A transcriptome-wide association study identifies novel blood-based gene biomarker candidates for Alzheimer's disease risk.

Hum Mol Genet 2021 Aug 13. Epub 2021 Aug 13.

Cancer Epidemiology Division, Population Sciences in the Pacific Program, University of Hawaii Cancer Center, University of Hawaii at Manoa, Honolulu, HI, 96813, USA.

Alzheimer's disease (ad) adversely affects the health, quality of life and independence of patients. There is a critical need to identify novel blood gene biomarkers for ad risk assessment. We performed a transcriptome-wide association study to identify biomarker candidates for ad risk. We leveraged two sets of gene expression prediction models of blood developed using different reference panels and modelling strategies. By applying the prediction models to a meta-GWAS including 71 880 (proxy) cases and 383 378 (proxy) controls, we identified significant associations of genetically determined expression of 108 genes in blood with ad risk. Of these, 15 genes were differentially expressed between ad patients and controls with concordant directions in measured expression data. With evidence from the analyses based on both genetic instruments and directly measured expression levels, this study identifies 15 genes with strong support as biomarkers in blood for ad risk, which may enhance ad risk assessment and mechanism-focused studies.
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http://dx.doi.org/10.1093/hmg/ddab229DOI Listing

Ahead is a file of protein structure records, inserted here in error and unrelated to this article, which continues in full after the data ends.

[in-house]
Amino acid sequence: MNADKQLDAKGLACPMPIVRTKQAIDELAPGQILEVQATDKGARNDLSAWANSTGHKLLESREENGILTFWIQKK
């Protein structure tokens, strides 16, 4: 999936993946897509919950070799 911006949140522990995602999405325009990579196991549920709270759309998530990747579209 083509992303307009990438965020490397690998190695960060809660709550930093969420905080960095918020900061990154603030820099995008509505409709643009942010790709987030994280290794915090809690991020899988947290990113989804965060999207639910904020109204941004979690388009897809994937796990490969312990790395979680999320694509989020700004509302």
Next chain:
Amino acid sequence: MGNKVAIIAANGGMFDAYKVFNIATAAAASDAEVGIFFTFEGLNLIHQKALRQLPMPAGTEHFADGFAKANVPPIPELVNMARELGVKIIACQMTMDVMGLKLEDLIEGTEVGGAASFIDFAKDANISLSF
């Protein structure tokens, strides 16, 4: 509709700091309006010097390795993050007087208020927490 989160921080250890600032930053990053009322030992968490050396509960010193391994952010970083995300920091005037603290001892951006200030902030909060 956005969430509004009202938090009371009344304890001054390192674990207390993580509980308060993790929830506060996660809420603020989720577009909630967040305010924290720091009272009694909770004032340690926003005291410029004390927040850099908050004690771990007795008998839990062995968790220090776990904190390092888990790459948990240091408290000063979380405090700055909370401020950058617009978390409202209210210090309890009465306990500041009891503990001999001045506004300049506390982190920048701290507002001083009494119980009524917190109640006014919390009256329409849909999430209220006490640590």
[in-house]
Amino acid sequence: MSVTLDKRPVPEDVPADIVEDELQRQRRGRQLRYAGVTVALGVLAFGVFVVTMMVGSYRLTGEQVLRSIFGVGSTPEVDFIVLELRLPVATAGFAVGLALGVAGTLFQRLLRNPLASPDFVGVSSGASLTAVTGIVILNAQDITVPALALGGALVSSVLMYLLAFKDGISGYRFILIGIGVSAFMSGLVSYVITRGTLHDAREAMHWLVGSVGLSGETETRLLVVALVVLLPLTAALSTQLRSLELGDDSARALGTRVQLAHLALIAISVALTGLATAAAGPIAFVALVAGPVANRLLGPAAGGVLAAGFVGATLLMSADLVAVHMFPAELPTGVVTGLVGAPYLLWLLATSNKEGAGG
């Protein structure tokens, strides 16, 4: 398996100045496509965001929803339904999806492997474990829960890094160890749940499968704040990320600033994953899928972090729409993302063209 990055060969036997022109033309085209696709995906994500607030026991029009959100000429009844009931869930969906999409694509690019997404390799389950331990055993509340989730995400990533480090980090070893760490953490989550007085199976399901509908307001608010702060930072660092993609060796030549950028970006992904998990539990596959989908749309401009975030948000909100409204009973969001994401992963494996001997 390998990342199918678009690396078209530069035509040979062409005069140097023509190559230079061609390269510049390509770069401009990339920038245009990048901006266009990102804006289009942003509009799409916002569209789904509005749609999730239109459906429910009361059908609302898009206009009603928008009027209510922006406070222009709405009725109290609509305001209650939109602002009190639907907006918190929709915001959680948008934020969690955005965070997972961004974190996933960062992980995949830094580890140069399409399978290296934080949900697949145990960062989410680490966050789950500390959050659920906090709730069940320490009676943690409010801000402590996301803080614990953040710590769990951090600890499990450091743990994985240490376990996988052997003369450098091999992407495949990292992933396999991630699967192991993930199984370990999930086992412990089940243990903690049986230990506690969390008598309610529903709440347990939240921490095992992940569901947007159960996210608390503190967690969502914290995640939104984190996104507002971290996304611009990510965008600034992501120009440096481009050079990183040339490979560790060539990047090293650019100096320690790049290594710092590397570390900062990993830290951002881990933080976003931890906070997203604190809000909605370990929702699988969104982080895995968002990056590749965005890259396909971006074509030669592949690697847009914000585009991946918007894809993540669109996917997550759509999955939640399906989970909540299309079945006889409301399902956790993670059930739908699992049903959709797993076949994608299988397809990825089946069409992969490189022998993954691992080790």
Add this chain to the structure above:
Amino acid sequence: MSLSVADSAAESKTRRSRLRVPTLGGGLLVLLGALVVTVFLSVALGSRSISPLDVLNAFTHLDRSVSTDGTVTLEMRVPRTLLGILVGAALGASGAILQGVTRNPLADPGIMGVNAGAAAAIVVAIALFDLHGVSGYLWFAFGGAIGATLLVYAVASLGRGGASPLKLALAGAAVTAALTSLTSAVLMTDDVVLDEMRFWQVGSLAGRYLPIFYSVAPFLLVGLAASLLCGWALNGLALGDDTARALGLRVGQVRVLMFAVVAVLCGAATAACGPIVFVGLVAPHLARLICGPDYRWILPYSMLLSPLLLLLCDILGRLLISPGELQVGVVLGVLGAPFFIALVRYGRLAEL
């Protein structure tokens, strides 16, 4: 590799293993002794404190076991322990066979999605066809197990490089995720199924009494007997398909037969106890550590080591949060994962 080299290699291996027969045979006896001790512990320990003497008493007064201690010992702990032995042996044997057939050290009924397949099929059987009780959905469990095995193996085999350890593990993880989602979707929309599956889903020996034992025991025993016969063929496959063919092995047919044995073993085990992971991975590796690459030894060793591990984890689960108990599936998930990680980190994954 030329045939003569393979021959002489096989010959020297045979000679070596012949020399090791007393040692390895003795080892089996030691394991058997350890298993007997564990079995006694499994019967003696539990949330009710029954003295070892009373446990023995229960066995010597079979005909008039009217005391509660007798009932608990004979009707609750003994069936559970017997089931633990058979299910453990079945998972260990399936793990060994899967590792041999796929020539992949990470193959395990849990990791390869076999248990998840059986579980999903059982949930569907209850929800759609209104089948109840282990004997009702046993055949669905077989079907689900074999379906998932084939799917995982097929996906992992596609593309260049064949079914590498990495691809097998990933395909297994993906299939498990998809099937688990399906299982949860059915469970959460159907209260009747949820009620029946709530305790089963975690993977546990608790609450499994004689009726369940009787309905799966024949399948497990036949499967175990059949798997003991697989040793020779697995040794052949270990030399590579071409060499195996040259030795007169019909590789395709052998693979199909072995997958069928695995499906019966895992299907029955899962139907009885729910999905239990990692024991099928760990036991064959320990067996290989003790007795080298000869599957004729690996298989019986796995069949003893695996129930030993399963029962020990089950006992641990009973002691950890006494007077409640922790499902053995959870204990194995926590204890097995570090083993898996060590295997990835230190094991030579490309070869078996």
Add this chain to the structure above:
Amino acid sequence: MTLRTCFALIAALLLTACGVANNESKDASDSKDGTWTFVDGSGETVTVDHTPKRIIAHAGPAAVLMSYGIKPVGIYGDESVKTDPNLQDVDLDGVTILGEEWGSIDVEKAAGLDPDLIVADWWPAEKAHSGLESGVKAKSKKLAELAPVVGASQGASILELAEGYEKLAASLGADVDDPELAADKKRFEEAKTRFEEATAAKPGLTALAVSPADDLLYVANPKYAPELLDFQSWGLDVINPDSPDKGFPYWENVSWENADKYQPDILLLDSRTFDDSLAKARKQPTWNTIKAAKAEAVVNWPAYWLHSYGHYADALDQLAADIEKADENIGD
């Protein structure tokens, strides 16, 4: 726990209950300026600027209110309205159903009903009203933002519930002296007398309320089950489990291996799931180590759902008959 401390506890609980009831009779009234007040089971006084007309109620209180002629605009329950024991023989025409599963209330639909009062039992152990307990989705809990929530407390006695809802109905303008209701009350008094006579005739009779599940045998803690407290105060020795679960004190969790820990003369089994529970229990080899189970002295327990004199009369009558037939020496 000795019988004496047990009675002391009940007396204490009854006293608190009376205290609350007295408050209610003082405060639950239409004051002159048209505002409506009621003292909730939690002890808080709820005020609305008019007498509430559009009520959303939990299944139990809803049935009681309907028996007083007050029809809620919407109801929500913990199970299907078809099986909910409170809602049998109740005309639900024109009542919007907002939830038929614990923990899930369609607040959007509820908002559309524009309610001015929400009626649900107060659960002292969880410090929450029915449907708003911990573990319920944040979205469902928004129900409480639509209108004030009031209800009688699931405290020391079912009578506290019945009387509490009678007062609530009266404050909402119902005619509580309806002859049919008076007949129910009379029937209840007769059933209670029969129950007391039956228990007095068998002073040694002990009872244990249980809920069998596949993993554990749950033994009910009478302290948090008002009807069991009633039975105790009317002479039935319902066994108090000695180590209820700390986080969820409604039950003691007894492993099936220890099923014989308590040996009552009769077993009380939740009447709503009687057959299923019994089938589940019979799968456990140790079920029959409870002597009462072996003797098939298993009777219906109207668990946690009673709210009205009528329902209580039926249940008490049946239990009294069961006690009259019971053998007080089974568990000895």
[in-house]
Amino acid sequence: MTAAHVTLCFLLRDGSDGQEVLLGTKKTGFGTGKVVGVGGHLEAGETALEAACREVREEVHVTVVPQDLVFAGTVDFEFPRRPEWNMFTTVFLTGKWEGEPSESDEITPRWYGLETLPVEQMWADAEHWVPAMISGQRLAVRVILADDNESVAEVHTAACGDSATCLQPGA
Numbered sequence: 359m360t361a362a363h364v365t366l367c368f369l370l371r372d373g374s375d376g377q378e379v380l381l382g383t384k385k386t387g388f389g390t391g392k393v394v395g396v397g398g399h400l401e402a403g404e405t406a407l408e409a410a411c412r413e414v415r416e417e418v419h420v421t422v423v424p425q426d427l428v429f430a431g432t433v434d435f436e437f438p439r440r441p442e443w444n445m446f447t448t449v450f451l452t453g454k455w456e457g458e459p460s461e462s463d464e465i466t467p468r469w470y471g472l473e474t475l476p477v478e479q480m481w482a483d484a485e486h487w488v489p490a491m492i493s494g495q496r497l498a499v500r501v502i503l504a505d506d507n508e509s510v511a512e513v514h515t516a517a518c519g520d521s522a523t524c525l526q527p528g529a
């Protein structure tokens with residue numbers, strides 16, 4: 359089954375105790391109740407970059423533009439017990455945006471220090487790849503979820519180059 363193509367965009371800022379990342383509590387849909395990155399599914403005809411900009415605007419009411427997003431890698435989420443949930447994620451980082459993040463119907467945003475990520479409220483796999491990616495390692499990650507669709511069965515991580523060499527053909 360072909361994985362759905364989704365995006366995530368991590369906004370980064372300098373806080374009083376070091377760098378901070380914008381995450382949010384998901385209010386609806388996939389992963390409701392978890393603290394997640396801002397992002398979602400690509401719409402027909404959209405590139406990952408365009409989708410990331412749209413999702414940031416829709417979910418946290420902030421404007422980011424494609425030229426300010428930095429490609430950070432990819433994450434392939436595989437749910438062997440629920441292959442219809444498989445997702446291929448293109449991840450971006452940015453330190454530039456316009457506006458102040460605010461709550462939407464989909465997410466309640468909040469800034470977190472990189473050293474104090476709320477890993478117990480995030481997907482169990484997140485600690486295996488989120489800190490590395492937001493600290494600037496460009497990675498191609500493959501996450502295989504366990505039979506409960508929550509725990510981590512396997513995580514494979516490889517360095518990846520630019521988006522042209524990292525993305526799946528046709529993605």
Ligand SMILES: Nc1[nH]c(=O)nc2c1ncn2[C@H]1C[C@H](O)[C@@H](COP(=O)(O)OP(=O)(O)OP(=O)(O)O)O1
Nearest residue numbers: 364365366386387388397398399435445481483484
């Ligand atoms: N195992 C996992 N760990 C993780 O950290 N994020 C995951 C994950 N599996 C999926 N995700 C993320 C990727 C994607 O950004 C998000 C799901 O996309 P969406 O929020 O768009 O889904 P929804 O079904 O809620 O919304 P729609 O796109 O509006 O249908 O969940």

August 2021

A patient-oriented analysis of pain side effect: A step to improve the patient's experience during rTMS?

Brain Stimul 2021 Sep-Oct;14(5):1147-1153. Epub 2021 Aug 5.

Non-Invasive Neurostimulation Therapies (NINET) Laboratory, Department of Psychiatry, University of British Columbia, 2255 Wesbrook Mall, Vancouver, BC, Canada, V6T 2A1. Electronic address:

Background: Repetitive transcranial magnetic stimulation (rTMS) is an efficacious and well-tolerated intervention for treatment-resistant depression (TRD). A novel rTMS protocol, intermittent theta burst stimulation (iTBS) has been recently implemented in clinical practice, and it is essential to characterize the factors associated to pain and the trajectory of pain of iTBS compared to standard rTMS protocols.

Objective: We aimed to characterize the side effect profile and the pain trajectories of High-Frequency Left (HFL) and iTBS in TRD patients in the THREE-D trial. We also investigated factors associated to pain and the relationship between pain and clinical outcomes.